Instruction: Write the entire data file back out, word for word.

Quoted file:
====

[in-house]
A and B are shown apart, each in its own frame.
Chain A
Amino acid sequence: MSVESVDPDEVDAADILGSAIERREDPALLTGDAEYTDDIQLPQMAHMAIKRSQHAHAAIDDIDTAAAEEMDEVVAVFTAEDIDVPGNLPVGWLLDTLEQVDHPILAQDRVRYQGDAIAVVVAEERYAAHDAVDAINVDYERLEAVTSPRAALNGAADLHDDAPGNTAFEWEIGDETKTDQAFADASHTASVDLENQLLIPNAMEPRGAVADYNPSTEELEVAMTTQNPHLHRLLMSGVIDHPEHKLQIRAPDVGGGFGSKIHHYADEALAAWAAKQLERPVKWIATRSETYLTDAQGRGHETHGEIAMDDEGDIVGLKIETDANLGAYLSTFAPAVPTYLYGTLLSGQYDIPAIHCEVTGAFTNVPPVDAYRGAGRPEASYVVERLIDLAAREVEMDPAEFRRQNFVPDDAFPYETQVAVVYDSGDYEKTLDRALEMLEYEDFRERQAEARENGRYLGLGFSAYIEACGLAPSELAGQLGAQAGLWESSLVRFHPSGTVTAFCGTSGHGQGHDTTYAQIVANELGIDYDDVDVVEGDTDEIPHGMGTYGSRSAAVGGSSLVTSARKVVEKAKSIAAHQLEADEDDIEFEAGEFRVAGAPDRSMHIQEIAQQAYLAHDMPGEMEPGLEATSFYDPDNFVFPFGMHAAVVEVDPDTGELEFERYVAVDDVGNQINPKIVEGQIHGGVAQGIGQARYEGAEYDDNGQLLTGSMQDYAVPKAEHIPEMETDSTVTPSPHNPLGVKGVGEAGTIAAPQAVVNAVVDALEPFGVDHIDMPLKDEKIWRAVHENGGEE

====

[in-house]
A and B are shown apart, each in its own frame.
Chain A
Amino acid sequence: MSVESVDPDEVDAADILGSAIERREDPALLTGDAEYTDDIQLPQMAHMAIKRSQHAHAAIDDIDTAAAEEMDEVVAVFTAEDIDVPGNLPVGWLLDTLEQVDHPILAQDRVRYQGDAIAVVVAEERYAAHDAVDAINVDYERLEAVTSPRAALNGAADLHDDAPGNTAFEWEIGDETKTDQAFADASHTASVDLENQLLIPNAMEPRGAVADYNPSTEELEVAMTTQNPHLHRLLMSGVIDHPEHKLQIRAPDVGGGFGSKIHHYADEALAAWAAKQLERPVKWIATRSETYLTDAQGRGHETHGEIAMDDEGDIVGLKIETDANLGAYLSTFAPAVPTYLYGTLLSGQYDIPAIHCEVTGAFTNVPPVDAYRGAGRPEASYVVERLIDLAAREVEMDPAEFRRQNFVPDDAFPYETQVAVVYDSGDYEKTLDRALEMLEYEDFRERQAEARENGRYLGLGFSAYIEACGLAPSELAGQLGAQAGLWESSLVRFHPSGTVTAFCGTSGHGQGHDTTYAQIVANELGIDYDDVDVVEGDTDEIPHGMGTYGSRSAAVGGSSLVTSARKVVEKAKSIAAHQLEADEDDIEFEAGEFRVAGAPDRSMHIQEIAQQAYLAHDMPGEMEPGLEATSFYDPDNFVFPFGMHAAVVEVDPDTGELEFERYVAVDDVGNQINPKIVEGQIHGGVAQGIGQARYEGAEYDDNGQLLTGSMQDYAVPKAEHIPEMETDSTVTPSPHNPLGVKGVGEAGTIAAPQAVVNAVVDALEPFGVDHIDMPLKDEKIWRAVHENGGEE